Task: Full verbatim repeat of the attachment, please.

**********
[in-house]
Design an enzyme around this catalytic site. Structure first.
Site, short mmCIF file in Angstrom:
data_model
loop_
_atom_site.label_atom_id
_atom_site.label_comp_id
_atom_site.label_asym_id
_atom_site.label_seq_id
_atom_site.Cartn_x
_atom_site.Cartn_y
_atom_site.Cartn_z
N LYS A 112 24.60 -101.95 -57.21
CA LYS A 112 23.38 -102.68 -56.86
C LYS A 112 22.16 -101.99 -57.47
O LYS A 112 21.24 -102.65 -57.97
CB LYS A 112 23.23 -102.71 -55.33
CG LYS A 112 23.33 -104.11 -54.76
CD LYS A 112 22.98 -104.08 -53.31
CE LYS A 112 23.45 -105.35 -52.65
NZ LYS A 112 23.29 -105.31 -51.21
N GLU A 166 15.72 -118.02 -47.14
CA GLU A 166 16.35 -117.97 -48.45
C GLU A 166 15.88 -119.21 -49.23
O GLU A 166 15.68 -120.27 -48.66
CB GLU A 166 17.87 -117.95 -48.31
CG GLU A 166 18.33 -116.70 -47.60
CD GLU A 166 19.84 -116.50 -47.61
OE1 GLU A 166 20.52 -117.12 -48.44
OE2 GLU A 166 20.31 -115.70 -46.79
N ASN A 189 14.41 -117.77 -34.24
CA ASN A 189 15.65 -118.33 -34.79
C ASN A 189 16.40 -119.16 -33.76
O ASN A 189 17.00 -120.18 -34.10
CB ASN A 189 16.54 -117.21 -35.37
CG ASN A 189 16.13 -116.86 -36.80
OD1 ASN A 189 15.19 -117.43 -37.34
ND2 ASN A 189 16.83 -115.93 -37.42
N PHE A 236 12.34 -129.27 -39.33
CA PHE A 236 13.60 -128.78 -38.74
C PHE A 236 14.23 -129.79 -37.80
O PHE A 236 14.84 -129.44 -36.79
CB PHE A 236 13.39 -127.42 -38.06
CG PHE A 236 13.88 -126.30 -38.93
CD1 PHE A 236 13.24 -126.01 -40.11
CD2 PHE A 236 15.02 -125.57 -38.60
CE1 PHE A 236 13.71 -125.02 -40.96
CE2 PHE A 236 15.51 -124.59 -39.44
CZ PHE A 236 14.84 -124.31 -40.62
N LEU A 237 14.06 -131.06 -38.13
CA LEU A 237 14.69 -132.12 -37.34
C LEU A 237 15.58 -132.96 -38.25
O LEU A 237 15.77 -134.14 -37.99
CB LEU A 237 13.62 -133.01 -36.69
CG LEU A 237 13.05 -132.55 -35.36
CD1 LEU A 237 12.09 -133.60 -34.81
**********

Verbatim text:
[in-house]
Design an enzyme around this catalytic site. Structure first.
Site, short mmCIF file in Angstrom:
data_model
loop_
_atom_site.label_atom_id
_atom_site.label_comp_id
_atom_site.label_asym_id
_atom_site.label_seq_id
_atom_site.Cartn_x
_atom_site.Cartn_y
_atom_site.Cartn_z
N LYS A 112 24.60 -101.95 -57.21
CA LYS A 112 23.38 -102.68 -56.86
C LYS A 112 22.16 -101.99 -57.47
O LYS A 112 21.24 -102.65 -57.97
CB LYS A 112 23.23 -102.71 -55.33
CG LYS A 112 23.33 -104.11 -54.76
CD LYS A 112 22.98 -104.08 -53.31
CE LYS A 112 23.45 -105.35 -52.65
NZ LYS A 112 23.29 -105.31 -51.21
N GLU A 166 15.72 -118.02 -47.14
CA GLU A 166 16.35 -117.97 -48.45
C GLU A 166 15.88 -119.21 -49.23
O GLU A 166 15.68 -120.27 -48.66
CB GLU A 166 17.87 -117.95 -48.31
CG GLU A 166 18.33 -116.70 -47.60
CD GLU A 166 19.84 -116.50 -47.61
OE1 GLU A 166 20.52 -117.12 -48.44
OE2 GLU A 166 20.31 -115.70 -46.79
N ASN A 189 14.41 -117.77 -34.24
CA ASN A 189 15.65 -118.33 -34.79
C ASN A 189 16.40 -119.16 -33.76
O ASN A 189 17.00 -120.18 -34.10
CB ASN A 189 16.54 -117.21 -35.37
CG ASN A 189 16.13 -116.86 -36.80
OD1 ASN A 189 15.19 -117.43 -37.34
ND2 ASN A 189 16.83 -115.93 -37.42
N PHE A 236 12.34 -129.27 -39.33
CA PHE A 236 13.60 -128.78 -38.74
C PHE A 236 14.23 -129.79 -37.80
O PHE A 236 14.84 -129.44 -36.79
CB PHE A 236 13.39 -127.42 -38.06
CG PHE A 236 13.88 -126.30 -38.93
CD1 PHE A 236 13.24 -126.01 -40.11
CD2 PHE A 236 15.02 -125.57 -38.60
CE1 PHE A 236 13.71 -125.02 -40.96
CE2 PHE A 236 15.51 -124.59 -39.44
CZ PHE A 236 14.84 -124.31 -40.62
N LEU A 237 14.06 -131.06 -38.13
CA LEU A 237 14.69 -132.12 -37.34
C LEU A 237 15.58 -132.96 -38.25
O LEU A 237 15.77 -134.14 -37.99
CB LEU A 237 13.62 -133.01 -36.69
CG LEU A 237 13.05 -132.55 -35.36
CD1 LEU A 237 12.09 -133.60 -34.81